polytail tubes,

was also

observed.

An

usual chemical

feature

of

the normal

sub-structure is its

high

(6.5%/,)

proline

content

(24).

For this reason

L-azetidine-2-carboxylic

acid.

an

L-proline

analogue,

wasexamined for its effecton

phage maturation. In

Fig.

7 and Table

1,

it can

be seen that the

only

aberration obtained was

polytail tubes.

Although the quantitative effect of this particular analogue was convincing, polytail tubes were also observed in the

p-fluorophenyl-alanine,

5-methyl-DL-tryptophan, and DL-7-aza-tryptophan, and in one of the L-canavanine ly-sates. If polytail tubes were specifically induced by L-proline analogues, then the effect should be enhanced by using L-proline-requiring mutants. Such wasfound to be the case (Fig. 7 and Table 2). The number of polytail tubes was increased about eightfold when proline-requiring E. coli B was infected in the presence of low concentra-tions

of

proline and L-azetidine-2-carboxylic acid was added at various times after infection. The number of polytail tubes isolated remained essen-tially constant until at least 14min after infection and then decreased precipitously. Readdition of L-proline rather than the analogue gave rise to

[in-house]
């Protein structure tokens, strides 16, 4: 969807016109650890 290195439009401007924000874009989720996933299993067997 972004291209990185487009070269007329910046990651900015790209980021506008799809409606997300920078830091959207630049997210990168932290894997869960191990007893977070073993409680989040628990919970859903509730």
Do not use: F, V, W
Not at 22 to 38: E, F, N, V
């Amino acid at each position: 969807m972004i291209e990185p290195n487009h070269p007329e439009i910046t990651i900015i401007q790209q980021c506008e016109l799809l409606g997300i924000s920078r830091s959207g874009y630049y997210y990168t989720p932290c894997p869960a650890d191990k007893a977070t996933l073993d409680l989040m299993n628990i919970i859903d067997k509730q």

an essentially normal phage population. This success with L-proline mutants led us to re-ex-amine the effect

of

L-canavanine with an arginine mutant. However, under a variety of conditions, few if any aberrations and few phage were ob-served, probably owing to the lethal action

of

L-canavanine onE.coli (25).

DISCUSSION

These

observations

by means of electron mi-croscopy have indicated that it is possible to

in-terfere

with the subassembly processes of phage protein components. When particular amino acid analogues or antimetabolites were added to a growing bacteriophage culture at some time dur-ing the

eclipse period,

the

formation of

either

polyheads,

small

heads,

or

polytail

tubes was

"induced," depending

on the compound. The aberrant substructures obtained were similar to those

reported for conditional

lethalmutants(10), but whether the type

of

control mechanism(s) in the two instances is the same is not known. The mechanism

of

action

of

thesecompounds has not been

established

(11, 26); some analogues are known to be